So, I have pretty much been on the keto diet since January. I was driven to it by a sharp weight gain in 2018, which suggested a future trend less acceptable than the slower weight gain of the past couple of decades.
It reminds me of a comment I saw somewhere, actually: “I wish I could be the weight I was the first time I thought I was fat.” That pretty well captured my feeling at the beginning of 2019, except I would have settled for the weight I was the second time I thought I was unacceptably overweight. Well, now I’m getting close to that point, I’m glad to say.
Prior experience suggested that keto was the way to go for me. I am aware people don’t all respond to dietary changes the same way, but still, I had pretty clear evidence that this was the way I should go. Keto didn’t work as fast as I would have liked, though as far as that goes I didn’t stick to it with truly unfailing commitment either, so there’s that. Pretty tight commitment though, nearly all the time. Call it the keto diet with dark chocolate and very occasional complete backsliding.
Sometime in June, I hit my first goal, which was to lose the 20 lbs I gained in 2018. At that point I lightened up a bit on the keto thing, but I didn’t loosen it up too much. I’ve now just about gotten to my second goal, which was to lose another 5 lbs. I wouldn’t mind dropping another 5 or 10 after this, though no more than that.
Anyway, I hate the keto diet, though I’ve gotten somewhat used to it. I really like carbs, especially bread, rice, and pasta. Sure, desserts too, but giving up bread is worse for me than giving up sugar. I used to bake all the time, and so far as I can tell, there are zero really great bread-substitutes for the keto diet. I have tried some pretty terrible bread-substitutes, believe me.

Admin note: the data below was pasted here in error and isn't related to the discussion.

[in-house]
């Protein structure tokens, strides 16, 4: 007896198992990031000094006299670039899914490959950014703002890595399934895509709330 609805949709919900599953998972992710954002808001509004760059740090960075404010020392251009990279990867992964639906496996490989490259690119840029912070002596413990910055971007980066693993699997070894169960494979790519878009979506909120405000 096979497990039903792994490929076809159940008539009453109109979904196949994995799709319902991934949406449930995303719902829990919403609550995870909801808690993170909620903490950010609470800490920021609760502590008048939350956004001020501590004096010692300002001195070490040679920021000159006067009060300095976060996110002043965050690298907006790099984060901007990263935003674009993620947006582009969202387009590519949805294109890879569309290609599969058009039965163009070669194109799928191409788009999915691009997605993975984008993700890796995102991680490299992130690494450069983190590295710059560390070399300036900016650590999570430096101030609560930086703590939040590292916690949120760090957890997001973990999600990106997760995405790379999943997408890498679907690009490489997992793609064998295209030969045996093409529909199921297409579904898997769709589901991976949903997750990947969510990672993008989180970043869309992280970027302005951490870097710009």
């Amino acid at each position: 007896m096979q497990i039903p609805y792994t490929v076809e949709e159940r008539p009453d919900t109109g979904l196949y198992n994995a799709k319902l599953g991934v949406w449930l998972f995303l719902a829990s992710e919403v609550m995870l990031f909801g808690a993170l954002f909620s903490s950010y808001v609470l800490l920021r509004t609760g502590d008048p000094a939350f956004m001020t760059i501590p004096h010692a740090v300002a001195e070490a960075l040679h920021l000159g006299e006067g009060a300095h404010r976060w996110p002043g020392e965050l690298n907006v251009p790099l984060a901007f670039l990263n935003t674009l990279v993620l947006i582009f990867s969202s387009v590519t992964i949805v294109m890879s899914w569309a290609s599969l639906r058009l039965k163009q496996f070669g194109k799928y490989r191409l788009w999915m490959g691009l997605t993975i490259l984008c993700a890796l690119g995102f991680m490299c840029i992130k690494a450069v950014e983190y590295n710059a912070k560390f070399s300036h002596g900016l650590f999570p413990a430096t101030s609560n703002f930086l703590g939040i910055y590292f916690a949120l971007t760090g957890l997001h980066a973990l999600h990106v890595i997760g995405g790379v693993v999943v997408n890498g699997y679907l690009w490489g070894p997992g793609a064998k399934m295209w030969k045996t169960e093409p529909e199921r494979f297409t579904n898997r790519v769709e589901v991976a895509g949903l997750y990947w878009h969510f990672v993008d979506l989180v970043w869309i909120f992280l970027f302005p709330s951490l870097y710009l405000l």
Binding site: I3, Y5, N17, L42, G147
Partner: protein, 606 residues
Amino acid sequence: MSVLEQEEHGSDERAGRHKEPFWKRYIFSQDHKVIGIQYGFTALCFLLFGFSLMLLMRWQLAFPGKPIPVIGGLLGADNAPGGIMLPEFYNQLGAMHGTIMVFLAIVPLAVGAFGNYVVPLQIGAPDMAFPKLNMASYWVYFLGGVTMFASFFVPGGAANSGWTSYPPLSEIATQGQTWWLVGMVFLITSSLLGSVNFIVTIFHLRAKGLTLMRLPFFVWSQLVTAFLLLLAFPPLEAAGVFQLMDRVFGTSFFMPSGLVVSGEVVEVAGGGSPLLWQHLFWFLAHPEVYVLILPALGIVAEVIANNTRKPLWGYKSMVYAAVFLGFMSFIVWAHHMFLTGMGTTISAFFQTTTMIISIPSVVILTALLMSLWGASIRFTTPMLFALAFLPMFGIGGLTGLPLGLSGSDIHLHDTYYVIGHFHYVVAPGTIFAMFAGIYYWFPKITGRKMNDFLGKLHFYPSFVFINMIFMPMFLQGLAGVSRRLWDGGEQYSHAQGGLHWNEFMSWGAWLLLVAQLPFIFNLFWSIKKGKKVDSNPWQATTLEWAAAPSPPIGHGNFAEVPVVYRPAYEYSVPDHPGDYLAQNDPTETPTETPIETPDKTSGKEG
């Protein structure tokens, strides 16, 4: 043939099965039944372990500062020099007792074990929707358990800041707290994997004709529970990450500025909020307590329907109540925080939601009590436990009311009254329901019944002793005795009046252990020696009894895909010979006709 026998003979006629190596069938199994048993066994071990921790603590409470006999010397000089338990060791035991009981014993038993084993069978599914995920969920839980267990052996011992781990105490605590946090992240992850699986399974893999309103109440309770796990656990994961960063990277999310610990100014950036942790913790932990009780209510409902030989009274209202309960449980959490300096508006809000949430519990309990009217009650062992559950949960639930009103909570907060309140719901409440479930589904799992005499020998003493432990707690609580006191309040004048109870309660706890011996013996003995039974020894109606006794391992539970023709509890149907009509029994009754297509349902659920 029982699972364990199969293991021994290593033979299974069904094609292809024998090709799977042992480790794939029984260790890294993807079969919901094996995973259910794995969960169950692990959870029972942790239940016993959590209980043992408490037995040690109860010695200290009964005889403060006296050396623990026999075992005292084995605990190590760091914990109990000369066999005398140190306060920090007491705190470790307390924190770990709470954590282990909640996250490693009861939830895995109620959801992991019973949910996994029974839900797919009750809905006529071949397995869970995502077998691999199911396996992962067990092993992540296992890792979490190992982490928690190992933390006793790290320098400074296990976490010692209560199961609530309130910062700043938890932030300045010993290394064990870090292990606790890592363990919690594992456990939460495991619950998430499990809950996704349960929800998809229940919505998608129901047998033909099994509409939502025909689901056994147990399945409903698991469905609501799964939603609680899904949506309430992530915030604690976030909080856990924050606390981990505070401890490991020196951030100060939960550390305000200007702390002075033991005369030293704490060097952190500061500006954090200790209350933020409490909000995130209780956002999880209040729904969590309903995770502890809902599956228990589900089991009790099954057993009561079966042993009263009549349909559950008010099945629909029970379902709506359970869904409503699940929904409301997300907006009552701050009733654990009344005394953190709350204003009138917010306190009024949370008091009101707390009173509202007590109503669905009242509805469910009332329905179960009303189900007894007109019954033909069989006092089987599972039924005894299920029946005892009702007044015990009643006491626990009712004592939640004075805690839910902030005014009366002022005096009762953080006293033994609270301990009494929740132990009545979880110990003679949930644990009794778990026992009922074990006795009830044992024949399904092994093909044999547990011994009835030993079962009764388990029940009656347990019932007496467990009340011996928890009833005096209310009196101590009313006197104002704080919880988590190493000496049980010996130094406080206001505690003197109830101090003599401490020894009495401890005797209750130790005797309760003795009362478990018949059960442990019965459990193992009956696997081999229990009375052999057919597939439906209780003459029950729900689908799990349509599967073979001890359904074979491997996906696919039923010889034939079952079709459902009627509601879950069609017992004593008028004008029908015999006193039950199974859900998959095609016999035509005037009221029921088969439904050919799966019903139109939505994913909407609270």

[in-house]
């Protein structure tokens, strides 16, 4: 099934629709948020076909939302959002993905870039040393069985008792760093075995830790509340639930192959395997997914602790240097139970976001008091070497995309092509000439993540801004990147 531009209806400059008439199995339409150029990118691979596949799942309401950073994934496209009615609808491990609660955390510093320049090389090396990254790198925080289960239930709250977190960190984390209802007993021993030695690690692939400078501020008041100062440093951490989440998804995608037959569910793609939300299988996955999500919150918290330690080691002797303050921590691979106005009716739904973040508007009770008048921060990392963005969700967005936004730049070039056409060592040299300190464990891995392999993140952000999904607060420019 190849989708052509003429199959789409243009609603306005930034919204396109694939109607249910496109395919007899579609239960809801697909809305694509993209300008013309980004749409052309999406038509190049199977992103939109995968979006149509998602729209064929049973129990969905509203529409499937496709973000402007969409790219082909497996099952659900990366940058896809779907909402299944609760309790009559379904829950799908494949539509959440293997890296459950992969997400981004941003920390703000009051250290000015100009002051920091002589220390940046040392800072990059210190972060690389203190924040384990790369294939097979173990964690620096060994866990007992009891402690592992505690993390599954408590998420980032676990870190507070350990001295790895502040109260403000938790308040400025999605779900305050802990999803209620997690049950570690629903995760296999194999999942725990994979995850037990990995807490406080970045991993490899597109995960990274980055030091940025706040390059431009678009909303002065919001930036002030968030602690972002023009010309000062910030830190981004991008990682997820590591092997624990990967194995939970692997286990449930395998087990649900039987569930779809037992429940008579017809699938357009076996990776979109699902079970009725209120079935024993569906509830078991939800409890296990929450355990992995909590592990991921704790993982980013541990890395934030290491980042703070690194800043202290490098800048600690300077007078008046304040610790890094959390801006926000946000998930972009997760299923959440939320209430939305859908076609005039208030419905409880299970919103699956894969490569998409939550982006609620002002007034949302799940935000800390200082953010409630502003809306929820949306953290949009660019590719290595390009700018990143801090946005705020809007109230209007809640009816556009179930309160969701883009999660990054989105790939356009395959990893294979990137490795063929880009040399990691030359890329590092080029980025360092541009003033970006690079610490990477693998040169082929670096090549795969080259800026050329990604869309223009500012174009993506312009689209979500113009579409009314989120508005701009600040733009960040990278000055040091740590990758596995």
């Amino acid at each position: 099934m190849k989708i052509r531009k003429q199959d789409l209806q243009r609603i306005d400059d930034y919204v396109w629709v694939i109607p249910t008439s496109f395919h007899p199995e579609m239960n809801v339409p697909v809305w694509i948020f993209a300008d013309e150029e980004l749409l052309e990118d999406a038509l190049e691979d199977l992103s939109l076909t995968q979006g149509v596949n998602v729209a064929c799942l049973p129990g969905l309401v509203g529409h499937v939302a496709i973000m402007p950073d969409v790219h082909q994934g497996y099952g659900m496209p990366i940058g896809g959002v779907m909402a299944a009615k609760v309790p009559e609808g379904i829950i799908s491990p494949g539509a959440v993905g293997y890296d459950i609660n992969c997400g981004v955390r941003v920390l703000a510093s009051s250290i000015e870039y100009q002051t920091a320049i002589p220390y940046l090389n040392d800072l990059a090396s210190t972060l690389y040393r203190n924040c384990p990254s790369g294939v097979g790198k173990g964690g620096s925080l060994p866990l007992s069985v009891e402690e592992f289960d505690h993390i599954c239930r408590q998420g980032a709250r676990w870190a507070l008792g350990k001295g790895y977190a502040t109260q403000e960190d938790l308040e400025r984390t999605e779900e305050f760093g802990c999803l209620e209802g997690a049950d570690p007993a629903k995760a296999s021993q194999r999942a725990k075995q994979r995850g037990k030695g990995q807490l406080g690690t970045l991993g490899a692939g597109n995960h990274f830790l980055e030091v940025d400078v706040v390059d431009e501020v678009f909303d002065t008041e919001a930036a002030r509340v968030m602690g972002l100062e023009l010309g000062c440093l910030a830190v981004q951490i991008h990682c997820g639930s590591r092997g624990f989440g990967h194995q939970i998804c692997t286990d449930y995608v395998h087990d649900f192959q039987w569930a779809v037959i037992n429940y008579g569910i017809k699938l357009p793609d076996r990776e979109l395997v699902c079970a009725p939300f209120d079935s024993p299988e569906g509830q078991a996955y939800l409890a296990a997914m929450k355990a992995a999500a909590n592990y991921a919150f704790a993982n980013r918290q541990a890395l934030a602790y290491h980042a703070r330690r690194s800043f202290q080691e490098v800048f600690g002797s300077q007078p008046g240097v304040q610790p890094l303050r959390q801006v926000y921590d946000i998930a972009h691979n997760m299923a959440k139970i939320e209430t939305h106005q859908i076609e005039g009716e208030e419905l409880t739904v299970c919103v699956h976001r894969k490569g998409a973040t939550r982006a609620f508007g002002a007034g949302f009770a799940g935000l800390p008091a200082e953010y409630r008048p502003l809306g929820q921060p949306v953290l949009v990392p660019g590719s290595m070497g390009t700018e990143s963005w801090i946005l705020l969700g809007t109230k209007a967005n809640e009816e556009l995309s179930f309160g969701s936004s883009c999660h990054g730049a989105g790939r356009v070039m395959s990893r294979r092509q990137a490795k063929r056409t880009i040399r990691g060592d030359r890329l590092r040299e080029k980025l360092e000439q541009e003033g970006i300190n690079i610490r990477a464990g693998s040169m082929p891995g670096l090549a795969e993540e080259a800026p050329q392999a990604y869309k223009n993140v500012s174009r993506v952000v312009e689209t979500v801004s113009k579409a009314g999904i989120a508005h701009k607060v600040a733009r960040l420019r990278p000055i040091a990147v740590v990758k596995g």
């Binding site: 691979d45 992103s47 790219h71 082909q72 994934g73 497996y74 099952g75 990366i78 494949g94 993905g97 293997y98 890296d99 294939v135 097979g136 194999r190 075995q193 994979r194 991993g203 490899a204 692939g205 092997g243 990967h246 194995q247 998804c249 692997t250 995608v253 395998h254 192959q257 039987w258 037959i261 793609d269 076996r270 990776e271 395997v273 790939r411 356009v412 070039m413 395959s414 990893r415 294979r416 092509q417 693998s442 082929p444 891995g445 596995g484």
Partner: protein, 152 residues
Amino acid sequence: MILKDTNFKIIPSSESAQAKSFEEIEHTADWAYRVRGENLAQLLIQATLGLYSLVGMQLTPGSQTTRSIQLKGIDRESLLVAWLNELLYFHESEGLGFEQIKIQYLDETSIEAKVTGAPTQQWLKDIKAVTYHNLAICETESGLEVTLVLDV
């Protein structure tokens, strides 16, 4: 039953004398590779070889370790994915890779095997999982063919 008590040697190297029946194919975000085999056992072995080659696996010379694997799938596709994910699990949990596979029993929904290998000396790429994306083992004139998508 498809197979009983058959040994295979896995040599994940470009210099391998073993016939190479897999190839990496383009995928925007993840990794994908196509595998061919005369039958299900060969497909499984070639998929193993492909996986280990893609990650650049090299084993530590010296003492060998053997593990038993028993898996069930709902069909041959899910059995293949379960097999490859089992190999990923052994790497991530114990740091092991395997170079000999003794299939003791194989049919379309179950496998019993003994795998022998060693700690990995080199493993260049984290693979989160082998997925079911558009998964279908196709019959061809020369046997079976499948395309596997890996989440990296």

However, there are several semi-okay bread substitutes. I thought I’d start posting a few of those now and then. Here’s one I made this morning for the first time. It’s not bread, but it’s not bad. It’s actually pretty tasty and might be worth making even if you’re not on any kind of diet.
Black Seed Bread
- 1/2 C flax seeds, whole
- 1/2 C flax seeds, ground
- 1/2 C poppy seeds
- 1/2 C white sesame seeds
- 1 C black sesame seeds (I actually had a lot of black sesame seed in the freezer, which is why I decided to try this recipe. I can’t see why more ordinary sesame seeds wouldn’t work if you don’t have black sesame seed handy.)
- 6 eggs
- 1 Tbsp tahini
- 3 Tbsp olive oil
- 1 tsp kosher salt
Combine the seeds and set aside. Whisk the eggs. Whisk the tahini, olive oil, and salt into the eggs. Stir in all the seeds. Let rest 30 minutes to hydrate the seeds. Line a loaf pan with parchment paper, leaving an overhang of paper. Spray the pan and paper. Scrape the batter into the pan and smooth the top. Bake at 200 degrees for 1 1/2 hours or so, until the top is firm to the touch. Cool five minutes. Lift the loaf out of the pan and cool on a rack.
Now, this recipe is from Bon Appetit. The above is pretty much unchanged from their recipe, which you can see here. I did use just one tsp salt. I see the online version of the recipe calls for a full Tbsp salt, but I think the version in the magazine, which is what I was working from, called for just a tsp, which makes much more sense anyway.
The texture isn’t bad. The bread is obviously very heavy, but it’s also fairly moist and pleasant. The mouthfeel is different from bread, but not bad. The taste seems to me distinctly and surprisingly buttery. Pretty good plain, a slice would certainly be nice with cheese melted onto it, or to dip in the yolk of over-easy eggs, or beside a bowl of soup.
I will be making this again, though since I’m now nearly out of black sesame seeds, probably with white sesame seeds.